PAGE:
Failure By Analogy
score: 1 (1 votes) ·
Analogies are great guess generators<< - derekz
I agree. Eliezer finished off by saying how analogies were often useful in mathematics. I agree, and would say that derekz has pinpointed the reason why. In maths, it's fine to guess so long as you then go and prove it.
However I don't see why analogies can't be used in this manner outside mathematics. I'm happy to follow a line of reasoning that says "Birds have wings that flap - and the flapping is associated with flying. Moreover, that flapping wings would help flight fits in with my view of the universe and it's physics (however naive that may be). Hence flapping wings is a good thing to try when designing a flying machine."
I would feel no shame following that reasoning, and it appears to me to be "analogous" to reasoning via analogy in mathematics.
The key point is that you don't assume your analogy has yielded a correct result. You just use it, as derekz said as a guess generator.
score: 0 (0 votes) ·
Well either the big metal gleaming thing was designed or it wasn't.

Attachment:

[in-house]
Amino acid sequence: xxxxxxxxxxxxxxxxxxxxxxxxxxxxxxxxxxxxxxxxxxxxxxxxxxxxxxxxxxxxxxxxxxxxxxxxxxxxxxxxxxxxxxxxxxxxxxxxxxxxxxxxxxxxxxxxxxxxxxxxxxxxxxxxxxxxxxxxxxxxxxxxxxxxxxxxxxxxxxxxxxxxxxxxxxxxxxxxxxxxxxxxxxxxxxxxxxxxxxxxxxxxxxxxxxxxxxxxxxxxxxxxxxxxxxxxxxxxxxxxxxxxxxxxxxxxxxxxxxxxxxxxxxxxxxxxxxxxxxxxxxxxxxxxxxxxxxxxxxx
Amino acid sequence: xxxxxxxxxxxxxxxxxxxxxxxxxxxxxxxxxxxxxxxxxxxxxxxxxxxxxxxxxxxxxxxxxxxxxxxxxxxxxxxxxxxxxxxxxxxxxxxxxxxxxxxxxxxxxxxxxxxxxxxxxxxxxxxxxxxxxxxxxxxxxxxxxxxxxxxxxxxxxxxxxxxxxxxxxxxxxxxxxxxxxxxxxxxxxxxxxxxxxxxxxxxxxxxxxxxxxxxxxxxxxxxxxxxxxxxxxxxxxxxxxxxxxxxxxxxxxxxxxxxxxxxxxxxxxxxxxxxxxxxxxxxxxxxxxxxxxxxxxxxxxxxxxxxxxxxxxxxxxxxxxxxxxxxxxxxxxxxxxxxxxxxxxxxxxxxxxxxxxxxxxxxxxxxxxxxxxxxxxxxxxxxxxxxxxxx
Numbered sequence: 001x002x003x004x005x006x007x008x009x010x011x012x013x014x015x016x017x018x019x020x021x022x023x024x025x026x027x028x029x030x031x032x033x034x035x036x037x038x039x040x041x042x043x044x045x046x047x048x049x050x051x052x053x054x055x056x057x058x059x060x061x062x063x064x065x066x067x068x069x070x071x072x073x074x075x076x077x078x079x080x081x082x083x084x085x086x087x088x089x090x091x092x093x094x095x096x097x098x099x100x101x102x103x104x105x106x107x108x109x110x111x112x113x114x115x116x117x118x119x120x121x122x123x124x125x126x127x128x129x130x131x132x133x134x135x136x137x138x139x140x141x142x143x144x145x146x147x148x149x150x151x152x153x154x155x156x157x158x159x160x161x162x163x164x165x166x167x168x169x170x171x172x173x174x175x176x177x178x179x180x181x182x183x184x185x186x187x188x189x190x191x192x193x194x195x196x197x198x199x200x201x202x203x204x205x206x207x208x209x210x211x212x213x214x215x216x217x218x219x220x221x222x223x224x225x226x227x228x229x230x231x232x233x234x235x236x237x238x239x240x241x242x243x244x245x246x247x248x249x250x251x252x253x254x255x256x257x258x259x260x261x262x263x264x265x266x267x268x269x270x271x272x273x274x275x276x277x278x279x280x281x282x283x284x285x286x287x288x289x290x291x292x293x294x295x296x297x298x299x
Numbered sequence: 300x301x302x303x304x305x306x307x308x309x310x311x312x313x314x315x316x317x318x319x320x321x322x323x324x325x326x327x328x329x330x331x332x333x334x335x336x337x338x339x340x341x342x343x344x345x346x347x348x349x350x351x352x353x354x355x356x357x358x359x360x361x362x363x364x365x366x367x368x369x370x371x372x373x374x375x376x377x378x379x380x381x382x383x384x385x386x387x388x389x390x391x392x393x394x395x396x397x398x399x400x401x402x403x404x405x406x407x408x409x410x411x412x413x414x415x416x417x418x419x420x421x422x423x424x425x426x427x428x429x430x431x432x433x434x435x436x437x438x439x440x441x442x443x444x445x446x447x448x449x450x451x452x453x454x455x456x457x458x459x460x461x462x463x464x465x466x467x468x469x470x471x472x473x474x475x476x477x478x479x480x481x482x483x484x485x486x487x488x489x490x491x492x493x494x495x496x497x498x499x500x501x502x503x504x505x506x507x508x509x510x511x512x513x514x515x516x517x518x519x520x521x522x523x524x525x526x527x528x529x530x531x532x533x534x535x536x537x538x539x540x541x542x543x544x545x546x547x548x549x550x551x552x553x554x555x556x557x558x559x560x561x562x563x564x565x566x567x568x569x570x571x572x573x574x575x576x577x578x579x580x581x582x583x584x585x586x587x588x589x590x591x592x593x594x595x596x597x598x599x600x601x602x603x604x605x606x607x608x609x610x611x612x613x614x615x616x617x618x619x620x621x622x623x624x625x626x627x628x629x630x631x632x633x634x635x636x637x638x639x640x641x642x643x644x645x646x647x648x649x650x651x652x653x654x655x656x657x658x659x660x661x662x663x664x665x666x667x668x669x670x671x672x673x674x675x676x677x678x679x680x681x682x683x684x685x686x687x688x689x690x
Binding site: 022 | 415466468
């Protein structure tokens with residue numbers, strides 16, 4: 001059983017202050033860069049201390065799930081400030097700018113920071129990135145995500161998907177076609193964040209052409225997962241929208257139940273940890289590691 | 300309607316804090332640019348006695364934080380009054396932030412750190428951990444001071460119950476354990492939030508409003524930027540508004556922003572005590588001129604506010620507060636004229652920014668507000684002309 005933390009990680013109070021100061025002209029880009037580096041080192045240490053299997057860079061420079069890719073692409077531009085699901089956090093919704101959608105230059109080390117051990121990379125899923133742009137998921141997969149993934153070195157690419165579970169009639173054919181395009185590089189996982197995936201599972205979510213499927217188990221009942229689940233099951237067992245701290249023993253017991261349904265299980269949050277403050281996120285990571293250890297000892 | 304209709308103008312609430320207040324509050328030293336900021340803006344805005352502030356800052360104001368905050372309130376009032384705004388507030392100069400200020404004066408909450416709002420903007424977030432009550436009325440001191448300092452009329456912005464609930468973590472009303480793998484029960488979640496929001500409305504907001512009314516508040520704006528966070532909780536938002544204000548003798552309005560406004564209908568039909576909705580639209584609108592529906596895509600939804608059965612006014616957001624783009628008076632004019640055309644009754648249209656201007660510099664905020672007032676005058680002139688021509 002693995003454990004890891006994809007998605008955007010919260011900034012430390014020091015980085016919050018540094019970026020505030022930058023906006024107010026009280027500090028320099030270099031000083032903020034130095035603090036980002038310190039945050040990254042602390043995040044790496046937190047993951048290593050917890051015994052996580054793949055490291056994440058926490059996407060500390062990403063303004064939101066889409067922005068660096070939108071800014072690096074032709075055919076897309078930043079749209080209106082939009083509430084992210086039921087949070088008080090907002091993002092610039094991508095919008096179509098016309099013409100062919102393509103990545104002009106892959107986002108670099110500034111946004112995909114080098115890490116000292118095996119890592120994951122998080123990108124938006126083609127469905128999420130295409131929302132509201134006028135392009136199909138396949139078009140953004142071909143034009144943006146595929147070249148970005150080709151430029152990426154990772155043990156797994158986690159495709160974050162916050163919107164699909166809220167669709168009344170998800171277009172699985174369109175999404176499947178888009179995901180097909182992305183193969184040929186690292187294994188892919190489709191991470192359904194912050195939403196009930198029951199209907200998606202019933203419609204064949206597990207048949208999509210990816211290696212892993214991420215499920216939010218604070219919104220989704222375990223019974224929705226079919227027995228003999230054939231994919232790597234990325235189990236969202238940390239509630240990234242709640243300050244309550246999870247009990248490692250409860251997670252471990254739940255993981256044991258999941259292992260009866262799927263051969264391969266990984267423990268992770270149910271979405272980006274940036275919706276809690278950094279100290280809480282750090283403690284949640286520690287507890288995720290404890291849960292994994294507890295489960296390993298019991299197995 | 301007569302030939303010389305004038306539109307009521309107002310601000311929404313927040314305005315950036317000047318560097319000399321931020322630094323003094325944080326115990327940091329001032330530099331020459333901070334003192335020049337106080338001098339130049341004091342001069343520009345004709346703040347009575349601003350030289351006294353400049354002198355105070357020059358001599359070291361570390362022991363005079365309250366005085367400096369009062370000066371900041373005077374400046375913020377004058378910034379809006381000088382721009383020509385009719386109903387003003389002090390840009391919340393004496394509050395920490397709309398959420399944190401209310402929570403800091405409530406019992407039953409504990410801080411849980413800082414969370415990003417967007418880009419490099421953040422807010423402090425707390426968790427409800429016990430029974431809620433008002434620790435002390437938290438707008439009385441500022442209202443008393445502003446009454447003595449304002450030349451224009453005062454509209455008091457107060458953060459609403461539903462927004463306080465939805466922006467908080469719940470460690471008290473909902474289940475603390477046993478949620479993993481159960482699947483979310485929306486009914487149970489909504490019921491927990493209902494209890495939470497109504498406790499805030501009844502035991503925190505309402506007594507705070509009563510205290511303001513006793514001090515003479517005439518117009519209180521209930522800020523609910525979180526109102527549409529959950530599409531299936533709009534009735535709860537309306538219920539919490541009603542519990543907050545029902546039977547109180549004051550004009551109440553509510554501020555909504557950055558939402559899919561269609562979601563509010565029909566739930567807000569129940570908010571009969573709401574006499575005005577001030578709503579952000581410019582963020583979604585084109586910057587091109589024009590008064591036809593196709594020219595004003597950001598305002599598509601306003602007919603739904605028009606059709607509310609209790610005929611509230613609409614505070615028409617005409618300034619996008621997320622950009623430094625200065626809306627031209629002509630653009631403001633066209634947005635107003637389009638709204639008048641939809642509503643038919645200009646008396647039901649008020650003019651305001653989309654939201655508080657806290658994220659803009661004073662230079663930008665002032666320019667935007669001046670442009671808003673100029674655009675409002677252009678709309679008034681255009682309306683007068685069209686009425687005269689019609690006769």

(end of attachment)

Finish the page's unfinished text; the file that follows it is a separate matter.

If it wasn't, it occured "naturally" - that is was constructed through basic physical phenomena. I feel I have a relatively sound understanding of the universe, backed up by years of research done by fellow humans, and can see no way a gleaming metal machine-like object, full of clockwork and electrical cable, can occur naturally. So I have to reach one of two conclusions:
Either my (and most likely humanity's) understanding of the universe is completely wrong, or the big metal thing was designed.
To me it seems clear which is the more likely scenario, though maybe I am missing a point or two about unknowable priors?
Anyway, this is how I would deduce the machine was designed - not through an understanding of optimization pressures. I feel this is a much more natural way to do it.
Things that are created by design are merely those things that "aren't not created by design".